Elan Microelectronics Corporation v. Apple, Inc.

Filing 26

Declaration of Sean P. DeBruine in Support of Reply in Support of its Motion to Dismiss Apple, Inc's Third, Fourth and Fifth Counterclaims Under Rule 12(b)(6) For Failure To State A Claim, Or In The Alternative, For More Definite Statement Under Rule 12(e) re 25 filed by Elan Microelectronics Corporation. (Attachments: # 1 Exhibit A, # 2 Exhibit B, # 3 Exhibit C, # 4 Exhibit D, # 5 Exhibit E, # 6 Exhibit F, # 7 Exhibit G, # 8 Exhibit H, # 9 Exhibit I, # 10 Exhibit J, # 11 Exhibit K, # 12 Exhibit L, # 13 Exhibit M, # 14 Exhibit N, # 15 Exhibit O, # 16 Exhibit P, # 17 Exhibit Q) (DeBruine, Sean) (Filed on 8/12/2009) Modified on 8/13/2009 (bw, COURT STAFF).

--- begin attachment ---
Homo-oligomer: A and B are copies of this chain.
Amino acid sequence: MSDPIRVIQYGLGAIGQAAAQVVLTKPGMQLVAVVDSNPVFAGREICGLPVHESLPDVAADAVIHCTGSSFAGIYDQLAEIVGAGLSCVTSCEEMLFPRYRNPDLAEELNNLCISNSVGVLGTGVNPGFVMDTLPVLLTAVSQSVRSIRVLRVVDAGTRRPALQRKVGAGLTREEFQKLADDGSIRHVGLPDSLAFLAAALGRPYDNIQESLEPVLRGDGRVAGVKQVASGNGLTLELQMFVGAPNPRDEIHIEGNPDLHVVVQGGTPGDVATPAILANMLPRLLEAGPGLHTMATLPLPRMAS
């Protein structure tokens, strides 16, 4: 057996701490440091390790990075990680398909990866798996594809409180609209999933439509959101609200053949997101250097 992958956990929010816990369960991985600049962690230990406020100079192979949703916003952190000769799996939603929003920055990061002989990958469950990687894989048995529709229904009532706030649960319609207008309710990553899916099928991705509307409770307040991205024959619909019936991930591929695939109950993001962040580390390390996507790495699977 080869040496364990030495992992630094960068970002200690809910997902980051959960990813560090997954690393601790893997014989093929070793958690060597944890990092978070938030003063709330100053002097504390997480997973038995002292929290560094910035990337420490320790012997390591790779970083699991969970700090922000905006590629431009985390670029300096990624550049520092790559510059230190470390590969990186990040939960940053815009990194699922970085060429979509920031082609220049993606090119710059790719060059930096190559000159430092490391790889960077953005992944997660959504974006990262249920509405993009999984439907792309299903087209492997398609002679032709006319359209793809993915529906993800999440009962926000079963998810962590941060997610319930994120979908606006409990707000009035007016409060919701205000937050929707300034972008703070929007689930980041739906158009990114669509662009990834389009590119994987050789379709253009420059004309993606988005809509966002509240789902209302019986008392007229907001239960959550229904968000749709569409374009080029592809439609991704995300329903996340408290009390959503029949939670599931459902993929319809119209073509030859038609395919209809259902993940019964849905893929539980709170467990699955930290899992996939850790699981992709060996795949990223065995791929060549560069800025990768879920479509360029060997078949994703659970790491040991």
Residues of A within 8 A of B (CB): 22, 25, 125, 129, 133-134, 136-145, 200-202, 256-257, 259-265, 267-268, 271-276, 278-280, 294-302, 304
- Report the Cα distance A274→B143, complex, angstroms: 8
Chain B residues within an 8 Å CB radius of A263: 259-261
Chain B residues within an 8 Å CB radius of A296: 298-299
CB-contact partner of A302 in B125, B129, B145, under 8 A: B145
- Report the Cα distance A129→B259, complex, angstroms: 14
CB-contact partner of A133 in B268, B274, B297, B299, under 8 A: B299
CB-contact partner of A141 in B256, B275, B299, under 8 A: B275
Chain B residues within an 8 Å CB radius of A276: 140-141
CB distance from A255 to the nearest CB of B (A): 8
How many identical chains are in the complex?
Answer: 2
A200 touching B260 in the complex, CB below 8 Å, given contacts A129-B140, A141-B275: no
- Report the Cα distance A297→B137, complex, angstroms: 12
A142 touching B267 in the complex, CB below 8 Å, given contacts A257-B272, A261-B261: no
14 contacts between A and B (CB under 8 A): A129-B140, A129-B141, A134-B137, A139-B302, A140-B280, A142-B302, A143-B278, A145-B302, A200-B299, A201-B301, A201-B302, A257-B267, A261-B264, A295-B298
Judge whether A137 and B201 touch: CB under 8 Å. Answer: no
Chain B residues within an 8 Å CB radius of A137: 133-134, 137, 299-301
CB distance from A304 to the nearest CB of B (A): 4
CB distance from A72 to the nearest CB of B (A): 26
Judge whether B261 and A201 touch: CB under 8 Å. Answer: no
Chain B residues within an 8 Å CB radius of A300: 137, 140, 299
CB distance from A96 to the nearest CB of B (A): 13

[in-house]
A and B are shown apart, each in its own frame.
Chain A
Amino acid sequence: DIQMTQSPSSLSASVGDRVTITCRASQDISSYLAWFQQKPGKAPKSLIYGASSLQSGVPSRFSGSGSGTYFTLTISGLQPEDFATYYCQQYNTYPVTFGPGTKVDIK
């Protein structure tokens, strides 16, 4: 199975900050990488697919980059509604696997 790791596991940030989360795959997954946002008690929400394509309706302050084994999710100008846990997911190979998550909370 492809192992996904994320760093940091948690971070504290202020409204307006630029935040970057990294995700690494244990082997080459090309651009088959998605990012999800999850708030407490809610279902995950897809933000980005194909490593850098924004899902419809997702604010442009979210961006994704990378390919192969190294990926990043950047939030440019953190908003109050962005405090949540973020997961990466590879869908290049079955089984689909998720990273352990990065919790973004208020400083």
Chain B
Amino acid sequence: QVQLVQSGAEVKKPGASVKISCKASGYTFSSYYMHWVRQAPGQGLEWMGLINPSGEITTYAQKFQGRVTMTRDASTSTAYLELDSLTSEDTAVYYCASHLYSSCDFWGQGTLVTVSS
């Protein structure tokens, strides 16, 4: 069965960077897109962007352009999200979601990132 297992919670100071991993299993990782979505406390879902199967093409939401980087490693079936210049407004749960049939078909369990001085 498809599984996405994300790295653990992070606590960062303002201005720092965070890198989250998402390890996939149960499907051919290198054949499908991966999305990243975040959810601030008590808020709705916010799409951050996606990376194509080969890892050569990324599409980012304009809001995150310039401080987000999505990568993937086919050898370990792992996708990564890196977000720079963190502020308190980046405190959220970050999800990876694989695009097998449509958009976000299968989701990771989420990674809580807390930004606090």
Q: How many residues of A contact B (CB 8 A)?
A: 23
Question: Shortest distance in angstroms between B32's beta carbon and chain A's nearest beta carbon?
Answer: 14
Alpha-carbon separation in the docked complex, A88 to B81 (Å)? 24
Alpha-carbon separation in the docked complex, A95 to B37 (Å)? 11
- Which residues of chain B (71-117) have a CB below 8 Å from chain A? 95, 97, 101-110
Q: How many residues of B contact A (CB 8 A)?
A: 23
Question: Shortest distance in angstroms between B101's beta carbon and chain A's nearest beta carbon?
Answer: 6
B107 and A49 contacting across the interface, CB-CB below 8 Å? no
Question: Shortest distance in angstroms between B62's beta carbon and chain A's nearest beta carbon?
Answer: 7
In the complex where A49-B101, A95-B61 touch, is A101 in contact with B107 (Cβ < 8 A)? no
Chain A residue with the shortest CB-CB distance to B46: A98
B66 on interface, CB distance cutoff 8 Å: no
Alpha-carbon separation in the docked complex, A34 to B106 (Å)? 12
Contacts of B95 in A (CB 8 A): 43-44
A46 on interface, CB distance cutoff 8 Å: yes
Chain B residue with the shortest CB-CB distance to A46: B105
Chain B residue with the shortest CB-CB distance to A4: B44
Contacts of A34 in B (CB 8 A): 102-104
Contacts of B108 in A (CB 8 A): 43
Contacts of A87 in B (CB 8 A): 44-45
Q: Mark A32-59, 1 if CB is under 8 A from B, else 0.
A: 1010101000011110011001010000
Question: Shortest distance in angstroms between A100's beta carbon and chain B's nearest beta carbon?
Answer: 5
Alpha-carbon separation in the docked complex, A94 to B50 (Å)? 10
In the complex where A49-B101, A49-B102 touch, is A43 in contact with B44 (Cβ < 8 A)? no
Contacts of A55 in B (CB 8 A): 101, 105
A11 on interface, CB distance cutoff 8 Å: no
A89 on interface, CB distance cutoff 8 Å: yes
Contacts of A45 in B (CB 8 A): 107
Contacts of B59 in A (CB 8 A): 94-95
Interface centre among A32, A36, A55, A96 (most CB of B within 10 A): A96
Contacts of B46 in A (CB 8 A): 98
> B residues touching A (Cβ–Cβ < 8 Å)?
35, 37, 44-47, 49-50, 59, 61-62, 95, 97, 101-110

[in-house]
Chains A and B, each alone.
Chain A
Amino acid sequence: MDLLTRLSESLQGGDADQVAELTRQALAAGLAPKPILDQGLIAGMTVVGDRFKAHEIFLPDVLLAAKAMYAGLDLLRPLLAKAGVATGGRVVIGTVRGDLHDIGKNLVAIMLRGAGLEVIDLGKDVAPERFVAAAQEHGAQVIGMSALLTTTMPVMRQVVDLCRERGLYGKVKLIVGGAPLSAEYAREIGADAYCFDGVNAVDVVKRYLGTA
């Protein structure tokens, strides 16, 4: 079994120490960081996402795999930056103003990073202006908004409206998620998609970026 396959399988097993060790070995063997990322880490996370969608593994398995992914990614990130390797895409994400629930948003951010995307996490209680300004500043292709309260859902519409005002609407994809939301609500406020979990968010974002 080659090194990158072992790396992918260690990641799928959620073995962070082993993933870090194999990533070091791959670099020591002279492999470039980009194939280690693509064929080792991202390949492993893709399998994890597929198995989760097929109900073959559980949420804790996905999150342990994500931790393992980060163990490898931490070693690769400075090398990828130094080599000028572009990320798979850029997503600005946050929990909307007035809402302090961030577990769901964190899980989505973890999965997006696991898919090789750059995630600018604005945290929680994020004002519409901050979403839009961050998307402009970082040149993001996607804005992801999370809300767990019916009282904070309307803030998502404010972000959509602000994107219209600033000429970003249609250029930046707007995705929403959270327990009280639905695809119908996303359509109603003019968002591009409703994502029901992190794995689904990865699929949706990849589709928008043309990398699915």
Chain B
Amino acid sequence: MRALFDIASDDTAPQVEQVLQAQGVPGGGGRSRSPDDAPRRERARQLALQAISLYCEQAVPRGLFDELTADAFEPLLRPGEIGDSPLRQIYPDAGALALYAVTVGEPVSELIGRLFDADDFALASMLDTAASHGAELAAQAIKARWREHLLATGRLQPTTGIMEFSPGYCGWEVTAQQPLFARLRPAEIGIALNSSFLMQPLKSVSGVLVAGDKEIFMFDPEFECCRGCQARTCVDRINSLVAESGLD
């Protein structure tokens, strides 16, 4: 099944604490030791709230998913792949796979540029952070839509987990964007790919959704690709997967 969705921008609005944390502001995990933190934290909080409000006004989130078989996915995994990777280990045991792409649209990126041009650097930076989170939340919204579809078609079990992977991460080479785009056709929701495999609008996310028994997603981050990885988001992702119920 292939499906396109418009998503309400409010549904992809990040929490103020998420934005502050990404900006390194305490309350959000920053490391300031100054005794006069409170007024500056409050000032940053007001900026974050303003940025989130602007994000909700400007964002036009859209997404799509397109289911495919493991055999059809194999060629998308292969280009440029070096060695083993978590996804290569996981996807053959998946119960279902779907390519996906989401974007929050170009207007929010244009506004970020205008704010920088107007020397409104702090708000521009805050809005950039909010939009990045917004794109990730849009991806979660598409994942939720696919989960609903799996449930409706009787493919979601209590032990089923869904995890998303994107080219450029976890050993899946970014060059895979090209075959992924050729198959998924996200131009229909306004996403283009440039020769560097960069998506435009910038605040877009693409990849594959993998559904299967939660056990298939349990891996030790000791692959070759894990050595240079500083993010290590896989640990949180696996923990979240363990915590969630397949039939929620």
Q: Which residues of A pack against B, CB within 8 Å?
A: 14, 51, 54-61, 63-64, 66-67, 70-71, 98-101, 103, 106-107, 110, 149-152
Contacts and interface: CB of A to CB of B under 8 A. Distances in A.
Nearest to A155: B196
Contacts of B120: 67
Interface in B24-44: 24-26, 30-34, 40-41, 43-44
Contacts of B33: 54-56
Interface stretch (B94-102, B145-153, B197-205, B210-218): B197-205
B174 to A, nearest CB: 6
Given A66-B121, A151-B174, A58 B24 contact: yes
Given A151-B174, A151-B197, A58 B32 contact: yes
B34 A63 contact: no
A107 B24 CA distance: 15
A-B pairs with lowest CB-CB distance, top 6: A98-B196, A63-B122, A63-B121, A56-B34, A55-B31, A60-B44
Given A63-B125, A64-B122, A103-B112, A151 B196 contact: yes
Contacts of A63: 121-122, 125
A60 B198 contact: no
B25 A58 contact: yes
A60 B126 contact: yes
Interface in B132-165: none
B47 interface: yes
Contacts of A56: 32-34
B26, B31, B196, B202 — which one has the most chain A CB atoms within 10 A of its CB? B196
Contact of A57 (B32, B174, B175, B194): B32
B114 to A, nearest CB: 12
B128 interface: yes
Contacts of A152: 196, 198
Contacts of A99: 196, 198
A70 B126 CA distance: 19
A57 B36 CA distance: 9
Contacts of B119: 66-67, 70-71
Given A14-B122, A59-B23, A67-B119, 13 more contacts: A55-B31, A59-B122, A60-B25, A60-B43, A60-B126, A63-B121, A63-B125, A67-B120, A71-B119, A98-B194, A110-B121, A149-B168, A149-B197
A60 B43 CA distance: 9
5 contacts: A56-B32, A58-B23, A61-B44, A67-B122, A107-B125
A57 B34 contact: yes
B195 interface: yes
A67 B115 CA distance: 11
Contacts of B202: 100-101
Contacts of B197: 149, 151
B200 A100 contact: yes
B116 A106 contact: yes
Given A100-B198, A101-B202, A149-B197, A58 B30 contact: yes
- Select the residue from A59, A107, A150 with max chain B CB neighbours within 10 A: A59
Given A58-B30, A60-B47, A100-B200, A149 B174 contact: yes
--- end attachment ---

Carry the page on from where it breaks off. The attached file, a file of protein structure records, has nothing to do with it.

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Elan Microelectronics Corporation v. Apple, Inc. Doc. 26 Att. 5 Case5:09-cv-01531-RS Document26-6 Filed08/12/09 Page1 of 4 EXHIBIT F Dockets.Justia.com Case5:09-cv-01531-RS Document26-6 Filed08/12/09 Page2 of 4 Not Reported in F.Supp.2d Not Reported in F.Supp.2d, 2007 WL 2818269 (S.D.Tex.) (Cite as: 2007 WL 2818269 (S.D.Tex.)) Page 1 Only the Westlaw citation is currently available. United States District Court, S.D. Texas, Houston Division. PERFORMANCE AFTERMARKET PARTS GROUP, LTD., et al., Plaintiffs, v. TI GROUP AUTOMOTIVE SYSTEMS, LLC, Defendant. Civil Action No. H-05-4251. Sept. 25, 2007. Orelia Darcele Holley, Stephen R. Cochell, Orelia Darcele Holley, Epstein Becker et al., Houston, TX, Michael Bissegger, Epstein Becker Green, Washington, DC, for Plaintiffs. John C. Blattner, J. Michael Huget, Butzel Long PC, Ann Arbor, MI, John R. Keville, Howrey LLP, Stephen R. Cochell, Epstein Becker et al., Houston, TX, for Defendant. MEMORANDUM AND ORDER NANCY F. ATLAS, United States District Judge. *1 This case is before the Court on a dispute between Plaintiffs-Performance AftermarketParts Group, Ltd. ("Performance") and G & C Automotive Distributors, Inc. (collectively, "Plaintiffs")-and Defendant TI Group Automotive Systems, LLC ("TI Group") regarding whether Defendant has alleged a contributory infringement counterclaim. The issue was raised in an August 31, 2007 letter [Doc. # 143] from Plaintiffs' attorney written in response to a discovery dispute raised by Defendant. The parties briefed the issue in letters dated September 4, 2007 [Doc. # 145], September 5, 2007 [Doc. # 146], September 7, 2007 [Doc. # 148], September 14, 2007 [Doc. # 152], and September 17, 2007 [Doc. # 153]. The Court has carefully reviewed the letters described above and, more importantly, has carefully reviewed the full record including Defendant's Counterclaim [Doc. # 94] and Defendant's Amended Preliminary Infringement Contentions [Doc. # 51]. Based on this review and the application of governing legal authorities, the Court concludes that Defendant has not alleged contributory infringement. I. BACKGROUND Performance is a limited partnership that supplies automotive products to companies primarily outside the United States, and G & C is a corporation whose principals own Performance. TI Group is a leading manufacturer of, inter alia, automotive fuel pumps and fuel pump modules.FN1TI Group markets both original and replacement automotive fuel pumps and fuel pump modules, while Performance sells only replacement parts. FN1. The fuel pump is located within the fuel pump module. Plaintiffs in their Second Amended Complaint [Doc. # 92] requested a declaratory judgment that TI Group's patents are invalid and that Plaintiffs' products are non-infringing. Plaintiffs also asserted antitrust claims against TI Group. TI Group filed a Counterclaim [Doc. # 94] in which it claimed that Performance's replacement fuel pumps infringe two of TI Group's patents. Shortly before the close of discovery, this dispute arose between the parties regarding whether TI Groupasserted a counterclaim for contributory infringement. The dispute has been fully briefed and is now ripe for decision. II. PLEADING STANDARD Federal Rule of Civil Procedure 8(a)(2) requires "a short and plain statement of the claim showing that the pleader is entitled to relief."FED. R. CIV. P. 8(a)(2). The United States Supreme Court has made clear that a plaintiff is obligated to provide "more than labels and conclusions, and a formulaic recita- 2009 Thomson Reuters/West. No Claim to Orig. US Gov. Works. Case5:09-cv-01531-RS Document26-6 Not Reported in F.Supp.2d Not Reported in F.Supp.2d, 2007 WL 2818269 (S.D.Tex.) (Cite as: 2007 WL 2818269 (S.D.Tex.)) Filed08/12/09 Page3 of 4 Page 2 tion of the elements of a cause of action will not do." Bell Atlantic Corp. v. Twombly, --- U.S. ----, 127 S.Ct. 1955, 1964-65, 167 L.Ed.2d 929 (2007).FN2"Factual allegations must be enough to raise a right to relief above the speculative level." Twombly, 127 S.Ct. at 1965. "Rule 8(a)(2) still requires a showing, rather than a blanket assertion, of entitlement to relief. Without some factual allegation in the complaint, it is hard to see how a claimant could satisfy the requirement of providing not only fair notice of the nature of the claim, but also grounds on which the claim rests." Id. at 1965 n. 3 (internal quotation marks omitted). When the Complaint contains inadequate factual allegations, "this basic deficiency should ... be exposed at the point of minimum expenditure of time and money by the parties and the court." Id. at 1966."[A] district court must retain the power to insist upon some specificity in pleading before allowing a potentially massive factual controversy to proceed." Id. at 1967 (quoting Associated Gen. Contractors of Cal., Inc. v. Carpenters, 459 U.S. 519, 528 n. 17, 103 S.Ct. 897, 74 L.Ed.2d 723 (1983)). FN2. In a subsequent prisoner civil rights case, the Supreme Court held that a pro se prisoner's allegations were adequate where he alleged in the Complaint that he had hepatitis C, that the prison stopped providing him with his medication, and that his life was endangered as a result. See Erickson v. Pardus, --- U.S. ----, 127 S.Ct. 2197, 2200, 167 L.Ed.2d 1081 (2007). Similarly, the United States Court of Appeals for the Federal Circuit recently noted that a "court may grant the pro se litigant leeway on procedural matters, such as pleading requirements" and held that a pro se plaintiff adequately pled his direct infringement claim. See McZeal v. Sprint Nextel Corp., --- F.3d ---, 2007 WL 2683705, *3 (Fed.Cir. Sept.14, 2007). In this case, however, Defendant/Counter-Plaintiff is represented by counsel. III. ANALYSIS *2 It is undisputed that Defendant makes no mention of "contributory infringement" in its Counterclaim or its Amended Preliminary Infringement Contentions. Indeed, Defendant did not mention "contributory infringement" in its Answer [Doc. # 6], its Statement of the case in the Joint Report of the Meeting and Joint Discovery/Case Management Plan [Doc. # 15], its Counterclaim filed in response to Plaintiffs' Amended Complaint [Doc. # 23], or its Motion to Amend Preliminary Infringement Contentions [Doc. # 43]. Defendant argues, however, that its citation to 35 U.S.C. 271 in the "Parties, Jurisdiction, and Venue" section of the Counterclaim, and its request that the Court enjoin Plaintiffs from "directly or indirectly infringing in any manner" and from "inducing or contributing to the infringement" of Defendant's patents satisfies the pleading requirements for contributory infringement.FN3The Court disagrees. FN3. Defendant also argues that Plaintiffs should have known from reading the patents that Defendantwas asserting a contributory infringement claim. Plaintiffs/CounterDefendants are not required, however, to guess what claims may be asserted against them particularly where, as here, Plaintiffs may have read the complaints and determined only that Defendant's counterclaim for direct infringement would likely fail Section 271 has many subsections. Subsection (a) covers direct infringement which occurs when a party "without authority makes, uses, offers to sell, or sells any patented invention, within the United States ...."See35 U.S.C. 271(a). Direct infringement is clearly alleged in the Counterclaim where Defendant alleges that Plaintiffs, without authorization, "have been and are making, selling, and/or offering for sale within the United States a device that falls within the scope of one or more claims of" Defendant's patents. See Counterclaim [Doc. # 94], 9-10, 15-16. Subsection (b) provides that a party who "actively induces infringement of a patent shall be liable as an infringer."35 U.S.C. 271(b). Defendant does not argue that the Counterclaim includes an inducement claim under 271(b), and it clearly does not .FN4 FN4. Defendant's argument that the contributory infringement claim can be found in the Prayer for Relief section of the Counter- 2009 Thomson Reuters/West. No Claim to Orig. US Gov. Works. Case5:09-cv-01531-RS Document26-6 Not Reported in F.Supp.2d Not Reported in F.Supp.2d, 2007 WL 2818269 (S.D.Tex.) (Cite as: 2007 WL 2818269 (S.D.Tex.)) Filed08/12/09 Page4 of 4 Page 3 claim is refuted by the presence in the Prayer for Relief of a request to enjoin Plaintiffs from "inducing ... infringement" which is clearly and undisputedly not contained in the Counterclaim. Subsection (c) covers contributory infringement, providing that a party who: offers to sell or sells within the United States or imports into the United States a component of a patented machine, manufacture, combination or composition, or a material or apparatus for use in practicing a patented process, constituting a material part of the invention, knowing the same to be especially made or especially adapted for use in an infringement of such patent, and not a staple article or commodity of commerce suitable for substantial noninfringing use, shall be liable as a contributory infringer. 35 U.S.C. 271(c). Subsection (c) is not cited in the Counterclaim or in the Amended Preliminary Infringement Contentions, nor are there any factual allegations in the either pleading that would support a contributory infringement claim.FN5TI Group's mention of 35 U.S.C. 271 in the "Parties, Jurisdiction, and Venue" section of the Counterclaim, without reference to any subsection of the statute, and without any factual allegations regarding contributory infringement is inadequate under Rule 8(a) of the Federal Rules of Civil Procedure to give notice to Counter-Defendants that TI Group is asserting a claim for contributory infringement. See McZeal v. Sprint Nextel Corp., --- F.3d ----, 2007 WL 2683705, *1 (Fed.Cir. Sept.14, 2007) (a claim is inadequately pled if the "plaintiff fails to allege any set of facts in support of his claim"). FN5. Defendant argues that its expert report and deposition support a contributory infringement claim, but a Counterclaim cannot be amended by a party's expert. IV. CONCLUSION AND ORDER *3 Defendant does not allege contributory infringement in its Counterclaim, and does not raise contribu- tory infringement in its Amended Preliminary Infringement Contentions. Accordingly, it is hereby ORDERED that contributory infringement is not a counterclaim in this case. S.D.Tex.,2007. Performance Aftermarket Parts Group, Ltd. v. TI Group Automotive Systems, LLC Not Reported in F.Supp.2d, 2007 WL 2818269 (S.D.Tex.) END OF DOCUMENT 2009 Thomson Reuters/West. No Claim to Orig. US Gov. Works.